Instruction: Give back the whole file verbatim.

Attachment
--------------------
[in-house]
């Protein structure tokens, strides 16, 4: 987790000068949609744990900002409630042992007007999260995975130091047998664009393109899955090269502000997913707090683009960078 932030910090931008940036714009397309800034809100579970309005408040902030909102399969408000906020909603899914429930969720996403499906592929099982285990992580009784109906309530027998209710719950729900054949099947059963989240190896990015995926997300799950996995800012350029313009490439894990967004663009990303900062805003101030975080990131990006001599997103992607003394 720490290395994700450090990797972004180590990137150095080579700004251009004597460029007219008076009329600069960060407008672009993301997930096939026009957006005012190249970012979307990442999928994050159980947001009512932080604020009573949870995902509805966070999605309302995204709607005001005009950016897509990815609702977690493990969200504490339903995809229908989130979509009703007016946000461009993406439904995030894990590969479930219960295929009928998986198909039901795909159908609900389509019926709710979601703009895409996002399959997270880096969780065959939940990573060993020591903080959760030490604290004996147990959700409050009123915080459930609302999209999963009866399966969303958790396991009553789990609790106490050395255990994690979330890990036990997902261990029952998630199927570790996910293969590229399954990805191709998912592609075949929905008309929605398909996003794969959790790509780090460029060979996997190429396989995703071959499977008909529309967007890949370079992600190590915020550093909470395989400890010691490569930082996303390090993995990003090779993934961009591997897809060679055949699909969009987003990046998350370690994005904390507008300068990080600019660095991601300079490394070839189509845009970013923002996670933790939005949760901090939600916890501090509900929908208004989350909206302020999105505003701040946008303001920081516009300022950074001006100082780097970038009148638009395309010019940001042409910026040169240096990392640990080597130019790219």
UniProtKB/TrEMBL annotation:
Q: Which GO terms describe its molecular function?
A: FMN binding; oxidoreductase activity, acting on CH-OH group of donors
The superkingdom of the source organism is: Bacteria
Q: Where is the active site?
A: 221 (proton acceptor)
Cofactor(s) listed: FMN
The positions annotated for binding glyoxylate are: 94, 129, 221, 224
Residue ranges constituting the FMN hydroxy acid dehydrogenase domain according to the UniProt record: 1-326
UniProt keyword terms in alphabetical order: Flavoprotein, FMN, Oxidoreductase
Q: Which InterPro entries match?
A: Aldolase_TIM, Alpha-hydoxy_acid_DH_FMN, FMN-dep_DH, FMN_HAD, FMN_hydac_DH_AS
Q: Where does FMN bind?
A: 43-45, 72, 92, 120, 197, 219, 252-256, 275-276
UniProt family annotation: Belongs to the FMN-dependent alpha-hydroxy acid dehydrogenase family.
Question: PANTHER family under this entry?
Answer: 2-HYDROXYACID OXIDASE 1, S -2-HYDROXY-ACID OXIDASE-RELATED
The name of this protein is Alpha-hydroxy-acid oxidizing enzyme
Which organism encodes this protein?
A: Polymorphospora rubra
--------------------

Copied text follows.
[in-house]
């Protein structure tokens, strides 16, 4: 987790000068949609744990900002409630042992007007999260995975130091047998664009393109899955090269502000997913707090683009960078 932030910090931008940036714009397309800034809100579970309005408040902030909102399969408000906020909603899914429930969720996403499906592929099982285990992580009784109906309530027998209710719950729900054949099947059963989240190896990015995926997300799950996995800012350029313009490439894990967004663009990303900062805003101030975080990131990006001599997103992607003394 720490290395994700450090990797972004180590990137150095080579700004251009004597460029007219008076009329600069960060407008672009993301997930096939026009957006005012190249970012979307990442999928994050159980947001009512932080604020009573949870995902509805966070999605309302995204709607005001005009950016897509990815609702977690493990969200504490339903995809229908989130979509009703007016946000461009993406439904995030894990590969479930219960295929009928998986198909039901795909159908609900389509019926709710979601703009895409996002399959997270880096969780065959939940990573060993020591903080959760030490604290004996147990959700409050009123915080459930609302999209999963009866399966969303958790396991009553789990609790106490050395255990994690979330890990036990997902261990029952998630199927570790996910293969590229399954990805191709998912592609075949929905008309929605398909996003794969959790790509780090460029060979996997190429396989995703071959499977008909529309967007890949370079992600190590915020550093909470395989400890010691490569930082996303390090993995990003090779993934961009591997897809060679055949699909969009987003990046998350370690994005904390507008300068990080600019660095991601300079490394070839189509845009970013923002996670933790939005949760901090939600916890501090509900929908208004989350909206302020999105505003701040946008303001920081516009300022950074001006100082780097970038009148638009395309010019940001042409910026040169240096990392640990080597130019790219």
UniProtKB/TrEMBL annotation:
Q: Which GO terms describe its molecular function?
A: FMN binding; oxidoreductase activity, acting on CH-OH group of donors
The superkingdom of the source organism is: Bacteria
Q: Where is the active site?
A: 221 (proton acceptor)
Cofactor(s) listed: FMN
The positions annotated for binding glyoxylate are: 94, 129, 221, 224
Residue ranges constituting the FMN hydroxy acid dehydrogenase domain according to the UniProt record: 1-326
UniProt keyword terms in alphabetical order: Flavoprotein, FMN, Oxidoreductase
Q: Which InterPro entries match?
A: Aldolase_TIM, Alpha-hydoxy_acid_DH_FMN, FMN-dep_DH, FMN_HAD, FMN_hydac_DH_AS
Q: Where does FMN bind?
A: 43-45, 72, 92, 120, 197, 219, 252-256, 275-276
UniProt family annotation: Belongs to the FMN-dependent alpha-hydroxy acid dehydrogenase family.
Question: PANTHER family under this entry?
Answer: 2-HYDROXYACID OXIDASE 1, S -2-HYDROXY-ACID OXIDASE-RELATED
The name of this protein is Alpha-hydroxy-acid oxidizing enzyme
Which organism encodes this protein?
A: Polymorphospora rubra